A confession: I think the laziest, most uninformative thing an artist, critic, or art appreciator can say about a work is that it’s an “exploration of space.” Insofar as art is defined by its representation of the human condition, all art is an exploration of space by default, since the lives, perspectives, and experiences expressed by art all consist in a particular relation to space. To represent the world of a second-hand car salesmen from Akron, for example, is to represent the space that constitutes his world, or rather, to represent the objects and events comprising his portion of space. Therefore, to say that a piece of art is an exploration of space is simply a fancy way of saying that it’s a piece of art.
Not that this tautological means of describing music, painting, or sculpture is such a pet peeve for Sabisha Friedberg. Having studied sound and installation at the San Francisco Art Institute, the South African musician is no stranger to “exploring perceptual delineation of space through sound,” as the press release for her double album — The Hant Variance — ominously reveals.
Yet what sets the Paris-New York denizen apart from every pretender with a copy of the Bluffer’s Guide to Superficial Art-Speak is that, in her case, this “exploration of space” malarkey is literal. Her debut for Issue Project Room’s new label, Distributed Objects, was recorded in conjunction with professor/musician/artist Peter Edwards at the Rensselaer Polytechnic Institute’s EMPAC, and rather than pretending to depict “the spatial” as an (intangible) abstraction, it reveals how the distribution of sound in a particular space (e.g., EMPAC’s Studio 2) can affect not only our perception of that same sound, but also our perception of that same space.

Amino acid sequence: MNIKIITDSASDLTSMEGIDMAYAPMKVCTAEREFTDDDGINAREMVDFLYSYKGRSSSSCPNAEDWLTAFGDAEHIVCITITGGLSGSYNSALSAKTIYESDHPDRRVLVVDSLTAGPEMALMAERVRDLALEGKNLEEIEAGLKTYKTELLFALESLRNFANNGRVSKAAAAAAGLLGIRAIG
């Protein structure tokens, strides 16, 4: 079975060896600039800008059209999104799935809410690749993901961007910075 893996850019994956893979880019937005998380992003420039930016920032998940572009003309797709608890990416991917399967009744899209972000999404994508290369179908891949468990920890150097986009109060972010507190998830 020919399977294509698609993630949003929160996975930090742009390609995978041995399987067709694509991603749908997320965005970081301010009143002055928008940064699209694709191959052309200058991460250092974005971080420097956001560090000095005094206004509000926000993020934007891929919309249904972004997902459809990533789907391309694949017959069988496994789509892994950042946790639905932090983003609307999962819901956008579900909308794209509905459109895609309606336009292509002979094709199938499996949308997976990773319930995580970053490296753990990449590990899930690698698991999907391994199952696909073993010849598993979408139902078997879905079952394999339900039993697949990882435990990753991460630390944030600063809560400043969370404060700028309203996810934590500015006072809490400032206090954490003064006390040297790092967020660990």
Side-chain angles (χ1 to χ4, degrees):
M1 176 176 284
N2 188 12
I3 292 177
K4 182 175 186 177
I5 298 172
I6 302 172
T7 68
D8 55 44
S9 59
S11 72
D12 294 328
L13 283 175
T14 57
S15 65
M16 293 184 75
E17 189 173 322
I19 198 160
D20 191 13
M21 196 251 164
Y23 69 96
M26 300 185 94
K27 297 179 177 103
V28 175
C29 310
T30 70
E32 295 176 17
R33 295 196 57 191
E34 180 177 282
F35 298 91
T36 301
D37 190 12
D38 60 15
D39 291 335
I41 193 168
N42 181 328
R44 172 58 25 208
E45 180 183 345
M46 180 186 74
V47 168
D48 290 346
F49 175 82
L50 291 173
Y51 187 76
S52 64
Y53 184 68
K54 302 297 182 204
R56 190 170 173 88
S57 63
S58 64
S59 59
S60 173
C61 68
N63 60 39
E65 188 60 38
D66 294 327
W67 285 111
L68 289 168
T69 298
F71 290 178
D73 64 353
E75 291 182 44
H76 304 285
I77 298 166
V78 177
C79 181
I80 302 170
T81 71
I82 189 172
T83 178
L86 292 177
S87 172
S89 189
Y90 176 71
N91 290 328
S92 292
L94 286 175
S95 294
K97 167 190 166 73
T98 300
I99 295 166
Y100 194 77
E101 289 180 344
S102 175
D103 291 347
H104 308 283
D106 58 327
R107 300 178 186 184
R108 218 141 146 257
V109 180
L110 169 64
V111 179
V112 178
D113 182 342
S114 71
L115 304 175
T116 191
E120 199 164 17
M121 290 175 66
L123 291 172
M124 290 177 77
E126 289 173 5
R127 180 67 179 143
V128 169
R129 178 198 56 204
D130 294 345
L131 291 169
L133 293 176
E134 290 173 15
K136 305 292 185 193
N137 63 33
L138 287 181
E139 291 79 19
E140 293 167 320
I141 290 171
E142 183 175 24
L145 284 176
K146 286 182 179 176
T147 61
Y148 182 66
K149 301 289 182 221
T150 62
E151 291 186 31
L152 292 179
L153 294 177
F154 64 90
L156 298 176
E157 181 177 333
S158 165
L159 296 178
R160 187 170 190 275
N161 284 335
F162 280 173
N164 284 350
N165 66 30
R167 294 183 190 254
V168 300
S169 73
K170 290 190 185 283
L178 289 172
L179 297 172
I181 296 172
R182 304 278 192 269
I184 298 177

Key to understanding how The Hant Variance’s two movements achieves this is by playing them not through a tinny pair of earphones, but through the kind of multi-speaker setup that can approximate the loudspeakers Friedberg “distributed in three-dimensional space throughout Studio .” Of course, all speakers and instruments are always already distributed in 3D space, but what makes “Movement 1 (Part 1)” more of an experiment with the physics of audio than, say, Aerosmith’s “Love in an Elevator” is that the sparse minimalism of its low, sub-sonic frequencies enables the listener to pinpoint and experience how exactly separate audio signals interact with each other and their surrounding environment.
And it’s precisely the bracing sparseness of the composition’s perpetual tones and Morse-code/sonar blinks that provide a forceful reminder of the physically embodied nature of sound and music. Rather than being located in some inaccessible ether or only in our heads, the sound waves produced by its oscillators and analogue synthesizers are low enough in pitch and loud enough in volume to be felt by our bodies, which are stimulated in various places and which thereby gain a physical, tactile sense of the particular points these frequencies emanate from in space.